PHOTO: Three young Papuans take part in the teeth-brushing demonstration
BOVEN DIGOEL – Keeping a clean, healthy lifestyle is a great practice to have and learn early. But for Papua’s remote communities, doing this is not so easy, given the challenges in accessing medical information and getting adequate healthcare. As a result, most locals end up ignoring this practice.
One commonly overlooked hygiene habit is maintaining dental health and cleanliness. Mouth and tooth disease can turn into a much bigger problem if poorly handled, especially when it happens to kids during their growth phase.
To prevent this, Tunas Sawa Erma (TSE) Group visits each community and teaches them health. This time on Friday (10/27), its subsidiary PT Tunas Sawa Erma (PT TSE) traveled to Metto Subvillage in Subur District, Boven Digoel Regency (South Papua), where it provided free health assistance.
The day began with a short explanation of a clean and healthy lifestyle from TSE Clinic’s dr. Inggriht Senny Bondang, and continued with an interactive tooth-brushing demonstration for local children.
Kids were educated on the right brushing technique and the importance of toothpaste and basic teeth maintenance. In addition to the demo, dr. Inggriht and her team conducted health checkup and treatment.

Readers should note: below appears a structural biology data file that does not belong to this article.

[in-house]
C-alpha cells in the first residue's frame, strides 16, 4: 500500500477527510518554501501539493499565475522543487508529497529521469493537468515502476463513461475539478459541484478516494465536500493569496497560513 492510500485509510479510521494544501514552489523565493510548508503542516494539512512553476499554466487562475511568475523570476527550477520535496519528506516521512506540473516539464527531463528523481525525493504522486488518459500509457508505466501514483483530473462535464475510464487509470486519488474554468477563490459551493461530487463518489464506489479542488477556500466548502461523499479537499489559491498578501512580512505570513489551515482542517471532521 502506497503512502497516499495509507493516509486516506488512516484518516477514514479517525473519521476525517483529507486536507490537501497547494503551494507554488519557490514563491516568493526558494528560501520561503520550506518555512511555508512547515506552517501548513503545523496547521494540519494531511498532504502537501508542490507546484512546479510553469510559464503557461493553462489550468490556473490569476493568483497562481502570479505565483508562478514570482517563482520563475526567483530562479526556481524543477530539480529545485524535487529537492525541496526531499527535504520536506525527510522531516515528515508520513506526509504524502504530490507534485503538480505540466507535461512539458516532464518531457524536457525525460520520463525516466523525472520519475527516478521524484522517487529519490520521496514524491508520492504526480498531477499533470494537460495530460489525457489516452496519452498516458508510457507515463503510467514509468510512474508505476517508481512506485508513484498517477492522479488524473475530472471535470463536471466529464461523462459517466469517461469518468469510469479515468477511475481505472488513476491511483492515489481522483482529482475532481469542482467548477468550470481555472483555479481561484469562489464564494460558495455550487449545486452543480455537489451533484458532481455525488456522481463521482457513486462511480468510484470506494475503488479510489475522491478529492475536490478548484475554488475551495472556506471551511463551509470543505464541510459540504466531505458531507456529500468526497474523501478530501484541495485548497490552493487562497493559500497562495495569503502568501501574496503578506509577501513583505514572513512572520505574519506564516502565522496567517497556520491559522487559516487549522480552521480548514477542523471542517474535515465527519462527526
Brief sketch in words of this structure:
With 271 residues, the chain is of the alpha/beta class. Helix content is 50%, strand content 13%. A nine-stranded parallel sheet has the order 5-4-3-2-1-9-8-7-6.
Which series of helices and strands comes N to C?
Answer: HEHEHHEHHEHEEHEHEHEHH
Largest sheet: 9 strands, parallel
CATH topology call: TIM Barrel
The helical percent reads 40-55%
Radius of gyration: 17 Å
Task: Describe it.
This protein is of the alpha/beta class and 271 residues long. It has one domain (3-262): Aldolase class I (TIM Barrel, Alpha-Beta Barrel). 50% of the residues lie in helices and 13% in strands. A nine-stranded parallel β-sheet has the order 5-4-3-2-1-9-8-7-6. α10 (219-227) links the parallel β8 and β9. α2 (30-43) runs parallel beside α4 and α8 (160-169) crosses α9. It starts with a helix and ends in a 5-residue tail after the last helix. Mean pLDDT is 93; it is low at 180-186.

“Metto Subvillage is one of many settlements in Papua where health facilities are in poor condition. So much of the local population suffer from URTI (upper respiratory tract infection), skin disease, even dental issues. What we’re trying to do today is give them the right drugs and vitamins to help with recovery,” said the doctor during her interview with the PR team.
A glimpse into the environmental preservation lesson
Medications are offered without charge
Following the health service, Andhika Eka Putra and his team from TSE Group’s Sustainability Department delivered a lesson on preserving protected flora and fauna. Their goal is to invite the Metto community into taking part in safeguarding and conservation of the local forest biodiversity. Tropical rainforests are the lungs of the planet, and keeping them functioning will allow future generations to enjoy their benefits.
On behalf of his subvillage, Maksimus Yukisan thanked the company, saying they are grateful for the free service and chance to receive proper medication. (PR)